by Adanna Carter
A writer has the mentality to create their own fiction, the ability to conjure up their own characters, the power to create their own meaning, the skills to make up their own plots, the narration to teach their own lessons, and the capability to display their own perceptions. Writers portray this ability in the words they construe to tell a story.
This a glimpse of what wisdom was offered at the latest installment of the Major Author Reading Series last week from the novelist, journalist, guitarist, and actor himself, Stephen Kiernan.
One of the stories that Kiernan shared with his audience was from his novel “The Hummingbird,” inspired out of the idea of humor in a death bed. The novel explores the notion of how a warrior can become a man of peace and connects to the notion of warring America becoming a nation of peace.
The chapters that Kiernan read out loud to his audience centered around an optimistic nurse named Deborah Birch and her grumpy patient Barclay Reed. Barclay Reed is a retired history professor, troubled veteran, and grumpy patient suffering from terminal kidney cancer. Deborah Birch is a kind nurse who takes care of people who are terminally ill. She caters to Mr. Reed’s post traumatic stresses and haunting blasts from the past in hopes that she can help him through his traumatic experiences and treat his tormented mental state.
The scene that Kiernan read out loud to his audience starts with a raucous and grumpy Mr. Reed, who claims that in all of the time he spent waiting for Nurse Birch to arrive, he’s eaten fifteen bananas. Nurse Birth is very patient and kind. She disagreed with Mr. Reed’s claim of eating fifteen bananas. Mr. Reed’s irritable character of course get’s offended by the accusation and asks Nurse Birch if she is calling him a liar. Nurse Birch informs Mr. Reed that she is calling him a tester. In conclusion to the excerpt of the skit read out loud to the audience, we find out that Mr. Reed was lying entirely and actually detests bananas.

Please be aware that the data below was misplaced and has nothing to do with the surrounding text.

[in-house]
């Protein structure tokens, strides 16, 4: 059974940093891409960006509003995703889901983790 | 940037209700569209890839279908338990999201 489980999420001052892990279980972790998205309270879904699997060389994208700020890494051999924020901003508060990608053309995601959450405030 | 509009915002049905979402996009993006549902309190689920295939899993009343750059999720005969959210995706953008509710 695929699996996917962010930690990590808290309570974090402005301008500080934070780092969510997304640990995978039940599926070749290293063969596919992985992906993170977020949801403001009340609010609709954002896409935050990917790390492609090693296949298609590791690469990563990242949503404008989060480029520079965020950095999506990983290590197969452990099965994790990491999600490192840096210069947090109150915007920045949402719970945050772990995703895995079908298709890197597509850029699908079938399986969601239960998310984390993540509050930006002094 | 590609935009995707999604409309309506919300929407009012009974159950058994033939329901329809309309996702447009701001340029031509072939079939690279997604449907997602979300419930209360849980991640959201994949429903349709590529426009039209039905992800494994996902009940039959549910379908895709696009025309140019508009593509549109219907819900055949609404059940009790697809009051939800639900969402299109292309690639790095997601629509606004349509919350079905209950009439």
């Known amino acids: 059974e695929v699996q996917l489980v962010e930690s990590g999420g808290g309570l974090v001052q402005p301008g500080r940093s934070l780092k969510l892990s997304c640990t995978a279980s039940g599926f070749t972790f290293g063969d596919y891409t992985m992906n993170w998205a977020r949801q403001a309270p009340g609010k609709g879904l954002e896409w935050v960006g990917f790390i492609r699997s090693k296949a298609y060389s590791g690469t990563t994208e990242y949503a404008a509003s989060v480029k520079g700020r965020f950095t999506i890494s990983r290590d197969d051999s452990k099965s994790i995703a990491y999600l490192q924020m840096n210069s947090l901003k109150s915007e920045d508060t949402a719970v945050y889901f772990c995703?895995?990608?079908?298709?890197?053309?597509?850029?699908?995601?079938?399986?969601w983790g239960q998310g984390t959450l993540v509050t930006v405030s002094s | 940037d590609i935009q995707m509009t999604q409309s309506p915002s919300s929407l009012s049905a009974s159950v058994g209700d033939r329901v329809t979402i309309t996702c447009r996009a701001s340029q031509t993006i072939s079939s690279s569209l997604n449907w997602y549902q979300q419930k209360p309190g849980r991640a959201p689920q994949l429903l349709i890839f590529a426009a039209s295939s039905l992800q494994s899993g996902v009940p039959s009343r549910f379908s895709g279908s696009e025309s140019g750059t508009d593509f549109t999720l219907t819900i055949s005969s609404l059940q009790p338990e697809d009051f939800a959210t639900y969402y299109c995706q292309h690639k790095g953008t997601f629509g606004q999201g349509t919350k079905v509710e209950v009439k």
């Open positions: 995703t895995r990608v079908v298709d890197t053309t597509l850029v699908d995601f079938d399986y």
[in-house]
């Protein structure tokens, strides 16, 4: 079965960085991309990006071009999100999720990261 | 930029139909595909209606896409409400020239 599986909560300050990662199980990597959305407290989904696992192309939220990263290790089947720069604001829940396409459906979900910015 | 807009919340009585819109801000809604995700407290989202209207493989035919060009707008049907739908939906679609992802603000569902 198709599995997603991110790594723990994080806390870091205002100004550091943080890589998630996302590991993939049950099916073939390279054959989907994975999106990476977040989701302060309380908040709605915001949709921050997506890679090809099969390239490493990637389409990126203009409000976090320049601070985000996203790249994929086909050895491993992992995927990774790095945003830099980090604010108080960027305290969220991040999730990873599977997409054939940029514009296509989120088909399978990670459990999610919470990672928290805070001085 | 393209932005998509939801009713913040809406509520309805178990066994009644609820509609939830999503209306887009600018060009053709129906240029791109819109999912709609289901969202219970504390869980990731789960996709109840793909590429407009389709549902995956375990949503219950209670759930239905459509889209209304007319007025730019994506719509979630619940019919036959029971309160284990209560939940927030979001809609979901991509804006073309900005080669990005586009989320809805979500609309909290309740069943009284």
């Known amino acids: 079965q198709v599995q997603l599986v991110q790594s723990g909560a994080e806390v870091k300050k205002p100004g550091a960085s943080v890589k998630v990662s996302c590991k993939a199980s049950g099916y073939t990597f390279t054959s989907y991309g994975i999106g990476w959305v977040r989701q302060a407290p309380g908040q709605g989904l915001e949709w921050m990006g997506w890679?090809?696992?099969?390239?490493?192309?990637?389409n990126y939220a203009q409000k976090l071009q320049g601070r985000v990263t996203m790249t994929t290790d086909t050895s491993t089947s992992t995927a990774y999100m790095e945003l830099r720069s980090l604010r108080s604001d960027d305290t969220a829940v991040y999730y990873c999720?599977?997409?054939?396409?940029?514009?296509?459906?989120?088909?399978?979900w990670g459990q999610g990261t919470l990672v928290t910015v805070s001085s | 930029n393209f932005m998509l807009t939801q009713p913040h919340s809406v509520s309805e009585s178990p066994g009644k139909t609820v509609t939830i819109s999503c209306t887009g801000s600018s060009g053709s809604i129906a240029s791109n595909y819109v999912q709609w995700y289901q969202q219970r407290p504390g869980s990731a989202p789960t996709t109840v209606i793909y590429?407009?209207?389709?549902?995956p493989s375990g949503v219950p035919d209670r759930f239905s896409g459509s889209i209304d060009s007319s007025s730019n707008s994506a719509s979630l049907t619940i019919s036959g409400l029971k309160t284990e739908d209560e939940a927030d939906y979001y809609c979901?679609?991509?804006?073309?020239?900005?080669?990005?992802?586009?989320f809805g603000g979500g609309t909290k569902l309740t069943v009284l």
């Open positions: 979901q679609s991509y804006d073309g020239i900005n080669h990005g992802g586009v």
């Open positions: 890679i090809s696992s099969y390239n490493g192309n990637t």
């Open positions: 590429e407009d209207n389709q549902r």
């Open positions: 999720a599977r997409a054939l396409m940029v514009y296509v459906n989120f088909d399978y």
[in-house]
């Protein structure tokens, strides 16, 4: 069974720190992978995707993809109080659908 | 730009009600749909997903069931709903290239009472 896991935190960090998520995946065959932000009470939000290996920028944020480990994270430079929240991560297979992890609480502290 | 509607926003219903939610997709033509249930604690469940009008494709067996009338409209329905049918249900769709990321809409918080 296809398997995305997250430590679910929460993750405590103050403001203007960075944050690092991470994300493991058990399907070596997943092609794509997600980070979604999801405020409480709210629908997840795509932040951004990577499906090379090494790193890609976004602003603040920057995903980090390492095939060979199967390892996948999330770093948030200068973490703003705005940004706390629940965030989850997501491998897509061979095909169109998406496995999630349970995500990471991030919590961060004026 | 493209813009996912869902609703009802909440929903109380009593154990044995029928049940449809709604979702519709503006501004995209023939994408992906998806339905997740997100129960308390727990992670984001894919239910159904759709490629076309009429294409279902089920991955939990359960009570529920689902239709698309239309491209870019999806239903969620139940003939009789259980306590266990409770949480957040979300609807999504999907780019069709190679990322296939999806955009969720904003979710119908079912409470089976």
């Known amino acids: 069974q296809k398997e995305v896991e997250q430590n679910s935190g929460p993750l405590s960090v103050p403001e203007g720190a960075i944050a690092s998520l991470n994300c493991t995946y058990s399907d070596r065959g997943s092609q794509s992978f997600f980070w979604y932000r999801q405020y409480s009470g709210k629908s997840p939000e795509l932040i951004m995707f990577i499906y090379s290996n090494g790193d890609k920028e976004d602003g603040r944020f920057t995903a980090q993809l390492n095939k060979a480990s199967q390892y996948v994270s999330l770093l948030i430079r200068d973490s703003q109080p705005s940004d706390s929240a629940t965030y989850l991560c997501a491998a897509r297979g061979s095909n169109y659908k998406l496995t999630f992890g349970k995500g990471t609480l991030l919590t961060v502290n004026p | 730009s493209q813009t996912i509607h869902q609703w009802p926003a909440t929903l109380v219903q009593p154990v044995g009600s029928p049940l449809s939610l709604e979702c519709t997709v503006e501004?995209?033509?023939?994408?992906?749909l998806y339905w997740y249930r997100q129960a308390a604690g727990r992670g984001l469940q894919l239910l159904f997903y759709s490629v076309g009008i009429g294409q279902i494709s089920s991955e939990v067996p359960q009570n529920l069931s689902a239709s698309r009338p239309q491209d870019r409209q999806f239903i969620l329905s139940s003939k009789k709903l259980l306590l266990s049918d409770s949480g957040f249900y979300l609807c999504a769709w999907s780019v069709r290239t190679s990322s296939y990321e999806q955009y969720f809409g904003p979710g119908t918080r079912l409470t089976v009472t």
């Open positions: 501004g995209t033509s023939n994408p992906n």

The novel, like many other works of writing, faced different challenges. The author, like many other authors, had his own ways of handling these challenges.
One of the challenges concerned the novel being written from a woman’s point of view by a male individual. Kiernan addressed this topic explaining that it was difficult to write from a woman’s point of view, but he received many females with strong personalities’ feedback to make sure that he was giving the woman’s voice authenticity in the story.
Another one of the challenges was writer’s block. However, Kiernan explained to us that he doesn’t get writer’s block because he’s appreciative of the rewriting of his own work and notices that as he rewrites a story, he’ll change the setting, path, or ending of the story until he is completely satisfied with its course.
Lastly Stephen Kiernan offered more words of wisdom concerning novels stating, “in a novel the writer should vanish and the story should be seen as more of a movie.”